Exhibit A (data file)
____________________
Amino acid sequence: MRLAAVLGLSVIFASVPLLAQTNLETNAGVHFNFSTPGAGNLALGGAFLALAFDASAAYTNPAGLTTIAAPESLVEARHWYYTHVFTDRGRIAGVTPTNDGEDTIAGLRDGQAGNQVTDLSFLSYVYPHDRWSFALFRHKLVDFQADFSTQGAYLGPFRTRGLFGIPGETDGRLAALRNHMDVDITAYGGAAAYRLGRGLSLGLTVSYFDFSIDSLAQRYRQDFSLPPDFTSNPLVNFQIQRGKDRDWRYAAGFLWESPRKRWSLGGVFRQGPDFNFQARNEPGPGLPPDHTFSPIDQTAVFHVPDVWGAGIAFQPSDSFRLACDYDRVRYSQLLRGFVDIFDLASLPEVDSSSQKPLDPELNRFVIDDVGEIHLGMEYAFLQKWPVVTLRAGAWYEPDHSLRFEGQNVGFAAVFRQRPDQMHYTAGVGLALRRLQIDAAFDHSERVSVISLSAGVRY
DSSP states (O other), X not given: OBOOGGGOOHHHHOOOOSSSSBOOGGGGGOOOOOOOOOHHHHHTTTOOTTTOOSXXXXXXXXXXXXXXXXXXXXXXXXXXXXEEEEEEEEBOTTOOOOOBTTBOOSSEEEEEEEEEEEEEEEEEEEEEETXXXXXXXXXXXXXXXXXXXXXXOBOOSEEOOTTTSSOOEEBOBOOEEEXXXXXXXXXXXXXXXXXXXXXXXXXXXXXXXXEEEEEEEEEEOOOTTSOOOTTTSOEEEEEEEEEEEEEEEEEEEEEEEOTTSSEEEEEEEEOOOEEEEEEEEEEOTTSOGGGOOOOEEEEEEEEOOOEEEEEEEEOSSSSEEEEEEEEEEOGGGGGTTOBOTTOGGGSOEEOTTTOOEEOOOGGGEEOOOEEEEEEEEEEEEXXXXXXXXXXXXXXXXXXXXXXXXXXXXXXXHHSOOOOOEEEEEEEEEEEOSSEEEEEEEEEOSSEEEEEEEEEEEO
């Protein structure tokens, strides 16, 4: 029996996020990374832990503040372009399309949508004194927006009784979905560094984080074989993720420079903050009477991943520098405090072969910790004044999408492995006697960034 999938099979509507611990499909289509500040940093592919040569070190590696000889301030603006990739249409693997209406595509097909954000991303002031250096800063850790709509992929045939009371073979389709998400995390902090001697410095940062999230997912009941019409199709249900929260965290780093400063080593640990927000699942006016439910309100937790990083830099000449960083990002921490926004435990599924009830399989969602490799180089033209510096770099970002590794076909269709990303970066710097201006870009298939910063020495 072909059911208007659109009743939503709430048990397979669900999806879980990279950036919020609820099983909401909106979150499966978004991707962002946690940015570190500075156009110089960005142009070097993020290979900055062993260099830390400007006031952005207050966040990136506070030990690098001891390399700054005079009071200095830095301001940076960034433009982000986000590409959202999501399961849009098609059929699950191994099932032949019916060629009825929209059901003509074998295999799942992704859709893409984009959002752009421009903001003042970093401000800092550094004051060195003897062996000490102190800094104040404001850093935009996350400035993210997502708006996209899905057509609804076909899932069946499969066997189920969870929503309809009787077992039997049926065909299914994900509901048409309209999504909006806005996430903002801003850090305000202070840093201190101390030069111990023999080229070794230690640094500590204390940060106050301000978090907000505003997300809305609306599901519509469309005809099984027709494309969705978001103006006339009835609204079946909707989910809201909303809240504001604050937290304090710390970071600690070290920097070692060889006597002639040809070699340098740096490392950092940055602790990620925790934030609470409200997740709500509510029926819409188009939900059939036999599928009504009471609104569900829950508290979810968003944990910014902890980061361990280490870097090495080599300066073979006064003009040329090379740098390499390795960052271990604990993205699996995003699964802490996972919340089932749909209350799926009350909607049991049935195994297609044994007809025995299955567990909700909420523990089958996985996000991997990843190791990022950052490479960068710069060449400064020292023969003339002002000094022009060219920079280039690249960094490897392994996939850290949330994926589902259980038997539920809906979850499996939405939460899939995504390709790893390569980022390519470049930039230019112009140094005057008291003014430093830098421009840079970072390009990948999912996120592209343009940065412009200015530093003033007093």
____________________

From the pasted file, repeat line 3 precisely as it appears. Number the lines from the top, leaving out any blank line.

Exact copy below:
């Protein structure tokens, strides 16, 4: 029996996020990374832990503040372009399309949508004194927006009784979905560094984080074989993720420079903050009477991943520098405090072969910790004044999408492995006697960034 999938099979509507611990499909289509500040940093592919040569070190590696000889301030603006990739249409693997209406595509097909954000991303002031250096800063850790709509992929045939009371073979389709998400995390902090001697410095940062999230997912009941019409199709249900929260965290780093400063080593640990927000699942006016439910309100937790990083830099000449960083990002921490926004435990599924009830399989969602490799180089033209510096770099970002590794076909269709990303970066710097201006870009298939910063020495 072909059911208007659109009743939503709430048990397979669900999806879980990279950036919020609820099983909401909106979150499966978004991707962002946690940015570190500075156009110089960005142009070097993020290979900055062993260099830390400007006031952005207050966040990136506070030990690098001891390399700054005079009071200095830095301001940076960034433009982000986000590409959202999501399961849009098609059929699950191994099932032949019916060629009825929209059901003509074998295999799942992704859709893409984009959002752009421009903001003042970093401000800092550094004051060195003897062996000490102190800094104040404001850093935009996350400035993210997502708006996209899905057509609804076909899932069946499969066997189920969870929503309809009787077992039997049926065909299914994900509901048409309209999504909006806005996430903002801003850090305000202070840093201190101390030069111990023999080229070794230690640094500590204390940060106050301000978090907000505003997300809305609306599901519509469309005809099984027709494309969705978001103006006339009835609204079946909707989910809201909303809240504001604050937290304090710390970071600690070290920097070692060889006597002639040809070699340098740096490392950092940055602790990620925790934030609470409200997740709500509510029926819409188009939900059939036999599928009504009471609104569900829950508290979810968003944990910014902890980061361990280490870097090495080599300066073979006064003009040329090379740098390499390795960052271990604990993205699996995003699964802490996972919340089932749909209350799926009350909607049991049935195994297609044994007809025995299955567990909700909420523990089958996985996000991997990843190791990022950052490479960068710069060449400064020292023969003339002002000094022009060219920079280039690249960094490897392994996939850290949330994926589902259980038997539920809906979850499996939405939460899939995504390709790893390569980022390519470049930039230019112009140094005057008291003014430093830098421009840079970072390009990948999912996120592209343009940065412009200015530093003033007093």